- About 75-80% of all out-of-hospital cardiac arrests happen at home, so being trained to perform cardiopulmonary resuscitation (CPR) can mean the difference between life and death for a loved one.
- Effective bystander CPR, provided immediately after cardiac arrest, can double a victim’s chance of survival.
- CPR helps maintain vital blood flow to the heart and brain and increases the amount of time that an electric shock from a defibrillator can be effective.
- Approximately 95% of sudden cardiac arrest victims die before reaching the hospital.
- Death from sudden cardiac arrest is not inevitable. If more people knew CPR and had an Automated External Defibrillator (AED) to use, more lives could be saved.
- Brain death starts to occur four to six minutes after someone experiences cardiac arrest if no CPR and defibrillation occurs during that time.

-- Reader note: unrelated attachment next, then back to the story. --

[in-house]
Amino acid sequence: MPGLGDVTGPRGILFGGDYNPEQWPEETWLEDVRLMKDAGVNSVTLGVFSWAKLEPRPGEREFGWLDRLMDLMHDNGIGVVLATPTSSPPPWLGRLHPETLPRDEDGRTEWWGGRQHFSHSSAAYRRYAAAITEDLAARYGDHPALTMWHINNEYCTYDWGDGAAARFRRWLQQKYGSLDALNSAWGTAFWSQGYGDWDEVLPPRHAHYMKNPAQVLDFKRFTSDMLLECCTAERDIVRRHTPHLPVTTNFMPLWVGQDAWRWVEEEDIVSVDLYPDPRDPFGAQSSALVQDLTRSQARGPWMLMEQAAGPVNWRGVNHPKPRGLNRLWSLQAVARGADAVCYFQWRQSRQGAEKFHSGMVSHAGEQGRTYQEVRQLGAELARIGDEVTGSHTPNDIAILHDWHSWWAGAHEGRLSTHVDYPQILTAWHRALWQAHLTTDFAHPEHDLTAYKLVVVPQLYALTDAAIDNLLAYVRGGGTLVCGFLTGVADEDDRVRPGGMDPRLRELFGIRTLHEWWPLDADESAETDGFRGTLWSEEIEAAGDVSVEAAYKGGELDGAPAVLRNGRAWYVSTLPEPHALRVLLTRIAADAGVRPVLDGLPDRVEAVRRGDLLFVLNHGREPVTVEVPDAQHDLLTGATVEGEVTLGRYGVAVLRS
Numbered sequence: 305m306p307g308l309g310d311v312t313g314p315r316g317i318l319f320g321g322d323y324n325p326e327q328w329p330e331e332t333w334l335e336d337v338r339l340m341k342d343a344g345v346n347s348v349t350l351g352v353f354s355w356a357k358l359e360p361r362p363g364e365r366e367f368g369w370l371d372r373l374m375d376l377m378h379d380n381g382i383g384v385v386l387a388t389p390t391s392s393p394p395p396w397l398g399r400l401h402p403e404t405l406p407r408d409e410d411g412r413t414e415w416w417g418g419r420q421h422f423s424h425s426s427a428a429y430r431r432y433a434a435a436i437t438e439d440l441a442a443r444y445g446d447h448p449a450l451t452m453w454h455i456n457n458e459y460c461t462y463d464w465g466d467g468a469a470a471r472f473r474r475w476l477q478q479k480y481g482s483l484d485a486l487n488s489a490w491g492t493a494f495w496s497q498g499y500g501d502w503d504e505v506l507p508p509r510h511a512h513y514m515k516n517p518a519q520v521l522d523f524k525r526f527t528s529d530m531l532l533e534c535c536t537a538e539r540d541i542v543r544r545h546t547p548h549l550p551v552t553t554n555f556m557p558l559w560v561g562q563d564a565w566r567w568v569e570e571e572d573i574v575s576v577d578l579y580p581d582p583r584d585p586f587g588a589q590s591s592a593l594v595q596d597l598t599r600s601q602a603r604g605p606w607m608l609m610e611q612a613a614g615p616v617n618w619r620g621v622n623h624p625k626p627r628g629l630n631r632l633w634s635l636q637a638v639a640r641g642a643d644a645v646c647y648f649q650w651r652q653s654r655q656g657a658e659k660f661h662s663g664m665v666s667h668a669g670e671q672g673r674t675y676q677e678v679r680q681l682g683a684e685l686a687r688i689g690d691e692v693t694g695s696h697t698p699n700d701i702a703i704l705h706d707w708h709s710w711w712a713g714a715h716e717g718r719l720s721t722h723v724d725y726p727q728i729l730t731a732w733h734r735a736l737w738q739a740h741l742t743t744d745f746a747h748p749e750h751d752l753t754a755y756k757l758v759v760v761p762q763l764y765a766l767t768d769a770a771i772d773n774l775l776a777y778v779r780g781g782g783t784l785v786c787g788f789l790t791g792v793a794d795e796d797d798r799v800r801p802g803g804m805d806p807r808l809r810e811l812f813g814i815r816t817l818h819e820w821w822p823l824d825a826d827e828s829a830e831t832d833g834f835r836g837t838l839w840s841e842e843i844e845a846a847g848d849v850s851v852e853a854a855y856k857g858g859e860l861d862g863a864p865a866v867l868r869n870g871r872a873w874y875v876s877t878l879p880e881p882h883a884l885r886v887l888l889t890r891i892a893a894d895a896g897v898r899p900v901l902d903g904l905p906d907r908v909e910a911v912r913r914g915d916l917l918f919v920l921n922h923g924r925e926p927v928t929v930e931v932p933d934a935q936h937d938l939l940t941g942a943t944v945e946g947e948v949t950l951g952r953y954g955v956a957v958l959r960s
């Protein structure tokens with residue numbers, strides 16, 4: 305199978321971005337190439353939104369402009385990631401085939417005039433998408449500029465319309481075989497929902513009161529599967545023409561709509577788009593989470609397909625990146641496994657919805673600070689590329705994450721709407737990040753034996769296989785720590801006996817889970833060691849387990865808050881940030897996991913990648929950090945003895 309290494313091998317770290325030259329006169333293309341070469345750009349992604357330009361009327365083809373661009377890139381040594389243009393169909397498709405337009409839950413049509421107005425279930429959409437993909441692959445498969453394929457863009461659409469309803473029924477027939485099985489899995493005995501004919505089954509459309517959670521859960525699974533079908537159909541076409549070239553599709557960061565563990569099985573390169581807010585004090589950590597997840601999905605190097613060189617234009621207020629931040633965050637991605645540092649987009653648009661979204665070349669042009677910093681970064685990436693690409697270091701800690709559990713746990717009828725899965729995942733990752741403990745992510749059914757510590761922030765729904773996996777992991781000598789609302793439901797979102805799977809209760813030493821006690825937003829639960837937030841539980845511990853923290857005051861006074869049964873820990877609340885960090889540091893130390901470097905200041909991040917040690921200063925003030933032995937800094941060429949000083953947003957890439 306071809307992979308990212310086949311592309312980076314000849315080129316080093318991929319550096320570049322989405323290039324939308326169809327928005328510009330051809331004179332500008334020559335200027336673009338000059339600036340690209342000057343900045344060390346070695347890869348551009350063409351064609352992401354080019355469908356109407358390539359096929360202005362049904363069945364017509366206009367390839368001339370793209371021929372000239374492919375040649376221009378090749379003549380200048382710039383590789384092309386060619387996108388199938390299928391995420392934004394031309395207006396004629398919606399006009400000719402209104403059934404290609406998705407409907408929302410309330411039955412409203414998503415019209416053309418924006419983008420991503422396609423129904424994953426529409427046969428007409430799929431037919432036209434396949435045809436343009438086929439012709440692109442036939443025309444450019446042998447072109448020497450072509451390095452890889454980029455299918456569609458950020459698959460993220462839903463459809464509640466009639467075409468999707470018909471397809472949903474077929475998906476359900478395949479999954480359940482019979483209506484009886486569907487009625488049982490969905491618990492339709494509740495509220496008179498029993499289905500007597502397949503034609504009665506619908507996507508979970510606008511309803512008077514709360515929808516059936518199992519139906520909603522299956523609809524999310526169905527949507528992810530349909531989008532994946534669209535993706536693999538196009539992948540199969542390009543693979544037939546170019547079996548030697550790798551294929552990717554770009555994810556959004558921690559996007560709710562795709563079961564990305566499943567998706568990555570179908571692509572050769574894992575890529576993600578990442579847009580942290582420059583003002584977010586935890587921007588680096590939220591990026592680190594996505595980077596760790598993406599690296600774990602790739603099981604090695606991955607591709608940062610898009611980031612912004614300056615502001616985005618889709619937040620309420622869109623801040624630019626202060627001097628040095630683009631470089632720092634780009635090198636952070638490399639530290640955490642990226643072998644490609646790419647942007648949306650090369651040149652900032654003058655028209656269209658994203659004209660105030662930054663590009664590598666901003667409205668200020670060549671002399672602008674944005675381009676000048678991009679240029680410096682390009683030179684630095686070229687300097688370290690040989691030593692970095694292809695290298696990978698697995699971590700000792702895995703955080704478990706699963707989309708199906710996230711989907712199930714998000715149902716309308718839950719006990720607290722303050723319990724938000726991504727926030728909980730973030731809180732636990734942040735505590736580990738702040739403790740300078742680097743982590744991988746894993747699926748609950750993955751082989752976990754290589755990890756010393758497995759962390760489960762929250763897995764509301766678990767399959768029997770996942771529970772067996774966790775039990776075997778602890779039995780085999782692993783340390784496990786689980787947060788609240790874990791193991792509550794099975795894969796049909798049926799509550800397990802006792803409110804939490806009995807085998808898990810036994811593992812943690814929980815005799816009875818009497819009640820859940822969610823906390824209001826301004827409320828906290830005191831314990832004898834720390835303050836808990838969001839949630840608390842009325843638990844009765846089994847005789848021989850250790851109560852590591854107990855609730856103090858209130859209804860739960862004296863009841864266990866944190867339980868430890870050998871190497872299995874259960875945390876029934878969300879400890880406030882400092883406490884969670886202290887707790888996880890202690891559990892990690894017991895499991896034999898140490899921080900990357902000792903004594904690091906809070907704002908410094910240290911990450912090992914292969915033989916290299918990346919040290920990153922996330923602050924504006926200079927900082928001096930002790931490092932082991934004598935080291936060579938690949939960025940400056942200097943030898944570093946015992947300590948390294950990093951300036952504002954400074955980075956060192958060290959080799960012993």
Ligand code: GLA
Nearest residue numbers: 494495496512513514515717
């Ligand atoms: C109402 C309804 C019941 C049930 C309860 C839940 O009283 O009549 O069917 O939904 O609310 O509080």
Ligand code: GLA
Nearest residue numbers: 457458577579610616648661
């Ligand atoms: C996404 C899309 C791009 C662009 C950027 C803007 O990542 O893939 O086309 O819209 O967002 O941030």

- If bystander CPR is not provided, a sudden cardiac arrest victim’s chances of survival fall 7-10% for every minute of delay until defibrillation. Few attempts at resuscitation are successful if CPR and defibrillation are not provided within minutes of collapse.
- Coronary heart disease accounts for about 450,000 of the nearly 870,000 adults who die each year as a result of cardiovascular disease.
- In 2013, more than 360,000 people in the United States died from Sudden cardiac arrest (SCA). Sudden Cardiac Arrest is most often caused by an abnormal heart rhythm called ventricular fibrillation (VF). Cardiac arrest can also occur after the onset of a heart attack or as a result of electrocution or near-drowning.
- When sudden cardiac arrest (SCA) occurs, the victim suddenly collapses, becomes unresponsive to gentle shaking, stops normal breathing and may be only occasionally gasping. Immediately call 9-1-1 and provide CPR and use an AED, if one is available!
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